Reaction to the decisions was mixed both within and without the scientific community. Leaders representing the US Catholic Conference, the Synagogue Council of America and the National Council of Churches, jointly, sent a statement to President Carter and to the Presidents Commission for the Study of Ethical Problems in Medicine and Biomedical and Behavorial Research. Morris Abram, commission chairman, has promised to "survey the field to find out whether genetic engineering should be the subject of a review." The Science report noted that the church groups seem content to press their concern in a deliberate way. None has budgeted funds to do additional research on the issue and the Catholic Conference has dropped the two staffers who were working on it.6

Ethical Concerns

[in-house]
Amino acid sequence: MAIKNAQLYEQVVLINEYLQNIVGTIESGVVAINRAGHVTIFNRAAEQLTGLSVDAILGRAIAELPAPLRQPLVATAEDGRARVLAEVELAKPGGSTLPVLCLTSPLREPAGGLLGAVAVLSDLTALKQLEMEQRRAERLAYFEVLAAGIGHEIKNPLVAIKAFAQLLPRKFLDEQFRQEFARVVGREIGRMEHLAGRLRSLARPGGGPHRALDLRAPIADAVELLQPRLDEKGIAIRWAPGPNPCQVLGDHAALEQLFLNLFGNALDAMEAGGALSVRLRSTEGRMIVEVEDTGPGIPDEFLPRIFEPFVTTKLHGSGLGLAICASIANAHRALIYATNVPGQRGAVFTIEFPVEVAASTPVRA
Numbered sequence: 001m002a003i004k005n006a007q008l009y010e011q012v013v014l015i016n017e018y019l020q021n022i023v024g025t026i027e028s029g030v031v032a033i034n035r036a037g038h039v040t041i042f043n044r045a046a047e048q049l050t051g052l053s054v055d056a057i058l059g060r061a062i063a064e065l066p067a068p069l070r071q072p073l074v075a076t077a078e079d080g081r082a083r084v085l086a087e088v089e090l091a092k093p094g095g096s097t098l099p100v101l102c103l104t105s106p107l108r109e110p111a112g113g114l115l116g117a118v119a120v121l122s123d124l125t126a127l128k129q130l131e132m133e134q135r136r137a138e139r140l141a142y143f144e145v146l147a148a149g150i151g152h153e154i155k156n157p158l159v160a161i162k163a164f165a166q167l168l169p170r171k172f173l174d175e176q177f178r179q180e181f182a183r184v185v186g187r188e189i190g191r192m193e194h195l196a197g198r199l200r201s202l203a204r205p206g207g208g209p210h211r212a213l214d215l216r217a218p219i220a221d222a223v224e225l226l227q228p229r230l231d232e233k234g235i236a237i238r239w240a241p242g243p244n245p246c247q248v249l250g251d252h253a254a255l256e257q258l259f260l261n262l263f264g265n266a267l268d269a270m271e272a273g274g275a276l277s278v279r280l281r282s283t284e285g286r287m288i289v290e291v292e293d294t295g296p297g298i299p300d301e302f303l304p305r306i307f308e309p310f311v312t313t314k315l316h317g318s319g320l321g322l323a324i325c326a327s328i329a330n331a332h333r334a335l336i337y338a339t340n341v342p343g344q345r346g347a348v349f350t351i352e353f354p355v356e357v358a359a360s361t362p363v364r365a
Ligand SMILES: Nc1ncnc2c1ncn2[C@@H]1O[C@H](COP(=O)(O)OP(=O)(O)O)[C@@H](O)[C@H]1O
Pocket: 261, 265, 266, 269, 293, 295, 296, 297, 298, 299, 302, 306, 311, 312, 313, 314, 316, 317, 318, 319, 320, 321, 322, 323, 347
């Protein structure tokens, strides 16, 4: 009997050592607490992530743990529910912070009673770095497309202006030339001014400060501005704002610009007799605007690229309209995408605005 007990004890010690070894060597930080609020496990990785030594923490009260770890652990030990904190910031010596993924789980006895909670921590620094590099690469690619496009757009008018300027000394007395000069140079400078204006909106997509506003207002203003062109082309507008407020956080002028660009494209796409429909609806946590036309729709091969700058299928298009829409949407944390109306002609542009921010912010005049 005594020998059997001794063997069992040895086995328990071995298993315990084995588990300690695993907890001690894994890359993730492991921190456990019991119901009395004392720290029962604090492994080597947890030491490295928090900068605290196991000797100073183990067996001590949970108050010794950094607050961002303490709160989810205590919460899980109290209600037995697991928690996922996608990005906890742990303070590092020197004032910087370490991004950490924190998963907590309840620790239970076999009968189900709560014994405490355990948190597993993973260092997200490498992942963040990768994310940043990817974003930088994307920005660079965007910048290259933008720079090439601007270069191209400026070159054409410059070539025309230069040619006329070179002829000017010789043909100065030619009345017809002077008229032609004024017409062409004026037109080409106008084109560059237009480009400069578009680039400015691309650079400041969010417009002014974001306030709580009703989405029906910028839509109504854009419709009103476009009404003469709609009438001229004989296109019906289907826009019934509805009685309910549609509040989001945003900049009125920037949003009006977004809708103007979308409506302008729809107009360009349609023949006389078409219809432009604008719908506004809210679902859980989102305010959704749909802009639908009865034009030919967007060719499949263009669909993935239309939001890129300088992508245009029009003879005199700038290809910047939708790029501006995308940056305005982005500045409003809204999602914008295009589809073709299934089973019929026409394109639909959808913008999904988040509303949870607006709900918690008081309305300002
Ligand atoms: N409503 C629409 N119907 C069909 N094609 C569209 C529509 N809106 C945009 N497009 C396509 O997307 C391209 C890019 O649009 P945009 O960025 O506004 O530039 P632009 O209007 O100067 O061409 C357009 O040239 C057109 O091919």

The issues which initially brought RDNA before the public eye appear to have been resolved in the scientific community and general public to the point that the number of workers in the field and areas of research are rapidly expanding and their work is reported in the press in terms of public benefit rather than public risk. For British biochemist Robert Williamson: "one of the joys of this field is that there will be goodies for all." "For the first time in many years, the techniques are more powerful than the intellectual abilities of those using them" "The man or woman with a good, elegant and insightful idea in molecular biology should, during the next decade, find little problem in putting the idea into practice. "7